You would know that i was part Indian from reading my story about a father i never knew. I have a picture of him and my mother along with his mother and father. His mother was half Indian and weighed one hundred lbs. I have always felt close to their teachings and culture. I loved your story. Thank you for sharing your friend Newt..

    • ahorseback profile image

      ahorseback 3 years ago

      Eric , white men have forfeited a chunk their[our ] soul by going "indoors " , I love reading about and visiting the rez's , ! Wow , my friend you were a lucky boy , no ? Do you still live near there ? Or visit ! I was once kind of taken back by a Navajo who stood watching me from a distance with mirrored sunglasses and a cowboy outfit , I nodded to him and got only kind of an icy stare back . Now I know he was "testing me " , lol... Thank you for commenting my friend !.......Ed

    • ahorseback profile image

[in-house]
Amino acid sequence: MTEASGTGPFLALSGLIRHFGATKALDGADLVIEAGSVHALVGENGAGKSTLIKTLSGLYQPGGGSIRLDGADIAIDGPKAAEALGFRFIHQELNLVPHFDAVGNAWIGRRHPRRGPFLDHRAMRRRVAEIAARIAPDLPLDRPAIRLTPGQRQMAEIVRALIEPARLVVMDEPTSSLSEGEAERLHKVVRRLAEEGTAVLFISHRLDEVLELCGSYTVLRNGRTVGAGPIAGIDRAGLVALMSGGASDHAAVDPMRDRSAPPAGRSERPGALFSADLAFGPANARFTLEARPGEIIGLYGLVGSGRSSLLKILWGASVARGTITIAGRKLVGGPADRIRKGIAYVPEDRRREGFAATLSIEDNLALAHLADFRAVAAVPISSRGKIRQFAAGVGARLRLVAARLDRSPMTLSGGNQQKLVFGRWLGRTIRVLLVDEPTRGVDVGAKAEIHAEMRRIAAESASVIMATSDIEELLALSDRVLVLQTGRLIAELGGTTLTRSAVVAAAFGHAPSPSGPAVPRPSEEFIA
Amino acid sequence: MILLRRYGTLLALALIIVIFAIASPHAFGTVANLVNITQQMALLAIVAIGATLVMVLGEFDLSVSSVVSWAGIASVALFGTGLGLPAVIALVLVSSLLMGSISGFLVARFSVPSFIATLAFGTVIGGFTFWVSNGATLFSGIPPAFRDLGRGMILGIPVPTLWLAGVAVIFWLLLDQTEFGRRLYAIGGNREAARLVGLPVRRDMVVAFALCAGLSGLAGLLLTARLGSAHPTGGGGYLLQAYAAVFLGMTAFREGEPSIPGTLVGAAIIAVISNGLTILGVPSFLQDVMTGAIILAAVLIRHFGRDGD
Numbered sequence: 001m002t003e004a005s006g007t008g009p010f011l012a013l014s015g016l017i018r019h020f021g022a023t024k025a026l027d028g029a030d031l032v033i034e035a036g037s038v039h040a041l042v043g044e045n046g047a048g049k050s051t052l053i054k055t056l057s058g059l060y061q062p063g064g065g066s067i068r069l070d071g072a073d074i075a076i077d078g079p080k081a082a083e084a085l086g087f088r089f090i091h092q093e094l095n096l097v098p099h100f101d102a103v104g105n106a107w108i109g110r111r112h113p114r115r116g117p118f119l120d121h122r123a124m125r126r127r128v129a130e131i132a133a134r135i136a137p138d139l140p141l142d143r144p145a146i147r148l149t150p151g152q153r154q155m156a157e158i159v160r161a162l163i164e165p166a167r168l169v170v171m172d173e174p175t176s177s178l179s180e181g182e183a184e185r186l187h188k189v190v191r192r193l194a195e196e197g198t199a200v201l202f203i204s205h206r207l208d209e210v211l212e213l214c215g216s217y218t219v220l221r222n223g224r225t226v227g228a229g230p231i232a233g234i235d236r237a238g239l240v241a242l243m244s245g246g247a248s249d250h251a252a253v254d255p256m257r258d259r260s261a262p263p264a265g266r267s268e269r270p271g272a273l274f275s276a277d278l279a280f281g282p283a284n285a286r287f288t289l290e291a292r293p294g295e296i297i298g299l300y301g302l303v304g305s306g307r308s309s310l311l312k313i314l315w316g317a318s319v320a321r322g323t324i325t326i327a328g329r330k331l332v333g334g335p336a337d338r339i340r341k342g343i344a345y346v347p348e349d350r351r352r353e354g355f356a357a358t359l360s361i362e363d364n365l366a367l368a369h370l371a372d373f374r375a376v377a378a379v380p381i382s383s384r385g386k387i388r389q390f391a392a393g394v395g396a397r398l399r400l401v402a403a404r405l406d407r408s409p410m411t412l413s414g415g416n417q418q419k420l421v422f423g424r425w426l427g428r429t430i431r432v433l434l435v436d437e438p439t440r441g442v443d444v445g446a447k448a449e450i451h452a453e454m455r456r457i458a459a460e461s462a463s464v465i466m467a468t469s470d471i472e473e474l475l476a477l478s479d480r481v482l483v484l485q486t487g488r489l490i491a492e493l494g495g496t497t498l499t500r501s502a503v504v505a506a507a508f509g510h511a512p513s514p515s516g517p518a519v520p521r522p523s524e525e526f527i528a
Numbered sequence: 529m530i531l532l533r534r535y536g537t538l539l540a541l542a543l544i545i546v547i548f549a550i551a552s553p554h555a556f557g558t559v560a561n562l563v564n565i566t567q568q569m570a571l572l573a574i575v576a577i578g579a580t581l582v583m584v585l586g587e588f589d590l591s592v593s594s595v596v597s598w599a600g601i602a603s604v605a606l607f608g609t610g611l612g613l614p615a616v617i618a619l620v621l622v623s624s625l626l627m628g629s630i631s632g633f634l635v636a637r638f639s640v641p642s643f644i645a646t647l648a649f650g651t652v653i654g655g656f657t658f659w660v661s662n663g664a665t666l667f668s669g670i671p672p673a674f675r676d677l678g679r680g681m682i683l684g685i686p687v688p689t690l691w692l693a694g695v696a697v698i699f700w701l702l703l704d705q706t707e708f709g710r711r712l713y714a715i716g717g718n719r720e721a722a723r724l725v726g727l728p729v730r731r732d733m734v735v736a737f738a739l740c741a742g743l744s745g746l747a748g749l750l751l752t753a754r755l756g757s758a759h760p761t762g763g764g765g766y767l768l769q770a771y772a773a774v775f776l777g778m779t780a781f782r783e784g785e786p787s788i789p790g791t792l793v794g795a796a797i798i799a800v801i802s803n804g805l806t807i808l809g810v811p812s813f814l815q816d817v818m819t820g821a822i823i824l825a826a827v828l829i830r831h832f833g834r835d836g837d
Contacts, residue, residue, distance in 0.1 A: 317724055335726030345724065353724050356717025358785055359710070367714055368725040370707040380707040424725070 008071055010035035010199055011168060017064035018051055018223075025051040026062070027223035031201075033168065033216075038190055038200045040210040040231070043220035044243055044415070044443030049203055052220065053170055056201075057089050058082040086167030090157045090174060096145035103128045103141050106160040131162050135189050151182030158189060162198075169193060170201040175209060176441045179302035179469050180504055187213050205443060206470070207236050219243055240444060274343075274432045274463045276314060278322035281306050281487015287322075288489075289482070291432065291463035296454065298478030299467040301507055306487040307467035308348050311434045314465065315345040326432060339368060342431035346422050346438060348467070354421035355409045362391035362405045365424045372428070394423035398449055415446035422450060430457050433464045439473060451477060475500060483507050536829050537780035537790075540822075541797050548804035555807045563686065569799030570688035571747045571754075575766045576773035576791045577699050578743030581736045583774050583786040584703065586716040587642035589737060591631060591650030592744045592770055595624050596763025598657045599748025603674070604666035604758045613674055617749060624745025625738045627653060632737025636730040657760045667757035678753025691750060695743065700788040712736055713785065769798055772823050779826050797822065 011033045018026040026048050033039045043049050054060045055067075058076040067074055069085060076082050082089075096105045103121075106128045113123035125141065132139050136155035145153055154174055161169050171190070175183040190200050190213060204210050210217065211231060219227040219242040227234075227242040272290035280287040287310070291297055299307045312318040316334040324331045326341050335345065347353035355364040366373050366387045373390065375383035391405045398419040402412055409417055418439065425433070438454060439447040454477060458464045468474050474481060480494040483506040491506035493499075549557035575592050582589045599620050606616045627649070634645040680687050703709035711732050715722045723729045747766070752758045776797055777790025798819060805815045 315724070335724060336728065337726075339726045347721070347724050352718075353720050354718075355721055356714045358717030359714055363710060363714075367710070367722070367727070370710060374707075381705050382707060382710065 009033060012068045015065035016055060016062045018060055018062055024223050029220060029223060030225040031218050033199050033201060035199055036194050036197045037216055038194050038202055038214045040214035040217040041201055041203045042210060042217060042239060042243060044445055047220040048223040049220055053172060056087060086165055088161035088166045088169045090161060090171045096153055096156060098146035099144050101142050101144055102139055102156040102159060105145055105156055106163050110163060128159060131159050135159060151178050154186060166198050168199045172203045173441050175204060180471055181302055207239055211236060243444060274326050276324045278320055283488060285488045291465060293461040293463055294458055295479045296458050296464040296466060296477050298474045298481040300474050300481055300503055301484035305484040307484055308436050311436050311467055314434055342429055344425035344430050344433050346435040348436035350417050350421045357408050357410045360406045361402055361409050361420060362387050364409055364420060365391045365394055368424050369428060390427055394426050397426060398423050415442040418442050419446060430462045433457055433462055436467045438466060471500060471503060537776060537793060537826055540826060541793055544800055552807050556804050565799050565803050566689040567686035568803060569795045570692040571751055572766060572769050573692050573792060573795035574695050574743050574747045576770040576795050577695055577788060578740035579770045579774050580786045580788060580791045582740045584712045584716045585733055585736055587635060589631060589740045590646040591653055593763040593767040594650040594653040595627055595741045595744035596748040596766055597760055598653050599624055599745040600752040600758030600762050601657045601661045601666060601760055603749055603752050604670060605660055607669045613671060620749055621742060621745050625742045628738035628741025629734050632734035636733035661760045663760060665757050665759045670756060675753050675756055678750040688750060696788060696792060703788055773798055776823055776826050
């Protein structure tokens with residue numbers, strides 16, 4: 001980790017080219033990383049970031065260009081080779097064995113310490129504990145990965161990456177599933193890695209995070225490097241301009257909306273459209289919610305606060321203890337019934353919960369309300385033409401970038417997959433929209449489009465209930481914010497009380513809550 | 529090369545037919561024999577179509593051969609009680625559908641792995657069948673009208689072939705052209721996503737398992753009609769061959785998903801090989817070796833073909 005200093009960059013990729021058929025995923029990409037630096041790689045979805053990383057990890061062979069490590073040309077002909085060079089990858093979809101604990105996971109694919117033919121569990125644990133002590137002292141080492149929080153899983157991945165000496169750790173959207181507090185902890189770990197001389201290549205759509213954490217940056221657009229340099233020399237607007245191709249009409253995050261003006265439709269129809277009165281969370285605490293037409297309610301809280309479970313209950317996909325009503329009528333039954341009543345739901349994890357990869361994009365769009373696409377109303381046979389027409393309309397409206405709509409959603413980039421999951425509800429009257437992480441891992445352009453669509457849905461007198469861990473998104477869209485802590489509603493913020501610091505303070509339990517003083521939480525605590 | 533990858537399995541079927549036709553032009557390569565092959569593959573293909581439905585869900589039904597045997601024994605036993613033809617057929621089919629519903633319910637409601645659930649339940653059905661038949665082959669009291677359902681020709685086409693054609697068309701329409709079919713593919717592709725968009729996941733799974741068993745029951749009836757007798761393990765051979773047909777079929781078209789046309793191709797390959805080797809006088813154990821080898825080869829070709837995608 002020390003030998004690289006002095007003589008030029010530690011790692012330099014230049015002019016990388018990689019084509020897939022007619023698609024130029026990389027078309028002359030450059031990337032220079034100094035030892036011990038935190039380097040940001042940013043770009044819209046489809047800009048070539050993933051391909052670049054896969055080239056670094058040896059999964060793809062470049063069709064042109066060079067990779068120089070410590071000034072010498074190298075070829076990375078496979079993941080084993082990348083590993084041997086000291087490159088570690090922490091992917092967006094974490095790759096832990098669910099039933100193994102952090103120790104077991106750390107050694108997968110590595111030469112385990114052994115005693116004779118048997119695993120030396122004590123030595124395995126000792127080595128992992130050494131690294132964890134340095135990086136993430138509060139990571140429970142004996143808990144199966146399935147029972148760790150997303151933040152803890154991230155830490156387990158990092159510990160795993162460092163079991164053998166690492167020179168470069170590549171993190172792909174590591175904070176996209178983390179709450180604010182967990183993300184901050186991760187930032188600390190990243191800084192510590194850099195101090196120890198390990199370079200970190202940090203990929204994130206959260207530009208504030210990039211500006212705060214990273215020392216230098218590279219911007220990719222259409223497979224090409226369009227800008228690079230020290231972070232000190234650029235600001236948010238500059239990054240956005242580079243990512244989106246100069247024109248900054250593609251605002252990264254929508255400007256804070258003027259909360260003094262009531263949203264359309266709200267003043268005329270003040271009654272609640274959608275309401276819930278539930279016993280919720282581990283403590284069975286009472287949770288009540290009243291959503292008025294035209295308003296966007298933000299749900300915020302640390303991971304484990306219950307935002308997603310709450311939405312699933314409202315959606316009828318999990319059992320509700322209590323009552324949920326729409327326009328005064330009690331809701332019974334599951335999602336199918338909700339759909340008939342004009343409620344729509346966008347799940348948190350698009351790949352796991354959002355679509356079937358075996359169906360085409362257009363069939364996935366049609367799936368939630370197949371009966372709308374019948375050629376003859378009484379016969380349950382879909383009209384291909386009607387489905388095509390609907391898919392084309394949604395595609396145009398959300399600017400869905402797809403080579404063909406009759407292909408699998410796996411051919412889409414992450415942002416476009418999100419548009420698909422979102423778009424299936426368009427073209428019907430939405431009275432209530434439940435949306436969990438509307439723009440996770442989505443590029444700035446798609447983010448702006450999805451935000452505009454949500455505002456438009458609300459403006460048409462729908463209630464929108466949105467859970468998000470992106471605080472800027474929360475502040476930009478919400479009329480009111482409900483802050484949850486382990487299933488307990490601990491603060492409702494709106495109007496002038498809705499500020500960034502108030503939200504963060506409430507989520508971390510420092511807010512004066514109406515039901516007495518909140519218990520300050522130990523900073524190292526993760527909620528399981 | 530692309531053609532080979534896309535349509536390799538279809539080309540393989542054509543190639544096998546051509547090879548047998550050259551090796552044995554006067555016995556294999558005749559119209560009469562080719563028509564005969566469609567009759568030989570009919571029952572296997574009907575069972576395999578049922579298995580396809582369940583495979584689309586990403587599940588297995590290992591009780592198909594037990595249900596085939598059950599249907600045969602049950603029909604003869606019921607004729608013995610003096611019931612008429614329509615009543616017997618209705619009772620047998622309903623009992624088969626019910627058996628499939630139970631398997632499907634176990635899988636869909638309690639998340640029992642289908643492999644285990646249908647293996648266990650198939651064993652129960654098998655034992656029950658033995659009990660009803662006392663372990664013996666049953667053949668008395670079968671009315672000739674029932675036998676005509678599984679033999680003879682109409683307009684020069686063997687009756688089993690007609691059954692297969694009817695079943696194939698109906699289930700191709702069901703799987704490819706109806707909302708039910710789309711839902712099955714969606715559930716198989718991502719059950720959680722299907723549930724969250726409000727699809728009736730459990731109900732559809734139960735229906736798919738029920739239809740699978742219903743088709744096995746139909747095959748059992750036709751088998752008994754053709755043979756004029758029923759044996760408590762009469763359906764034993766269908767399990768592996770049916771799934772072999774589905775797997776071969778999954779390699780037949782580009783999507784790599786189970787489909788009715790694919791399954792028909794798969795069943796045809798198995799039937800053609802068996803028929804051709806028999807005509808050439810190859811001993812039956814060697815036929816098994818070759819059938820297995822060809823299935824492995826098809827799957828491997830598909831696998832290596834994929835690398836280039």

ahorseback 3 years ago

      Hey girl , I'd forgotten that , I've got to re-read that !....Ed

    • always exploring profile image

      Ruby Jean Fuller 3 years ago from Southern Illinois

      Ed, i deleted that story. It had that dreaded circle around it and i just didn't want to try and rewrite it again. Thank's for the offer anyway..Cheers..

    • ahorseback profile image

      ahorseback 3 years ago

      Ruby , write it again ! And to hell with the "dreaded circle" !Write it For You !For all real natives ? Be proud and to hell with score my dear lady !.......:-}...........Ed

    • BlossomSB profile image

      Bronwen Scott-Branagan 3 years ago from Victoria, Australia

      A lovely tribute to your 'forever young' relative.

    • chander mehra profile image

      Chander Mehra 3 years ago from Delhi

      Great Jub!

    • Nellieanna profile image

      Nellieanna Hay 3 years ago from TEXAS

      I love this story, Ed. It's brought tears to my eyes. My George was of Scottish descent and loved the outdoors, fishing and golf, especially. He also loved woodworking. He would have enjoyed reading about Newt Washburn and you, sharing so many things he loved too. That Newt was of Native American birth makes his story all the more interesting and worthwhile. It is a heritage that has such depth and meaning. I'm sure he'll have some stories waiting for you. I'm smiling.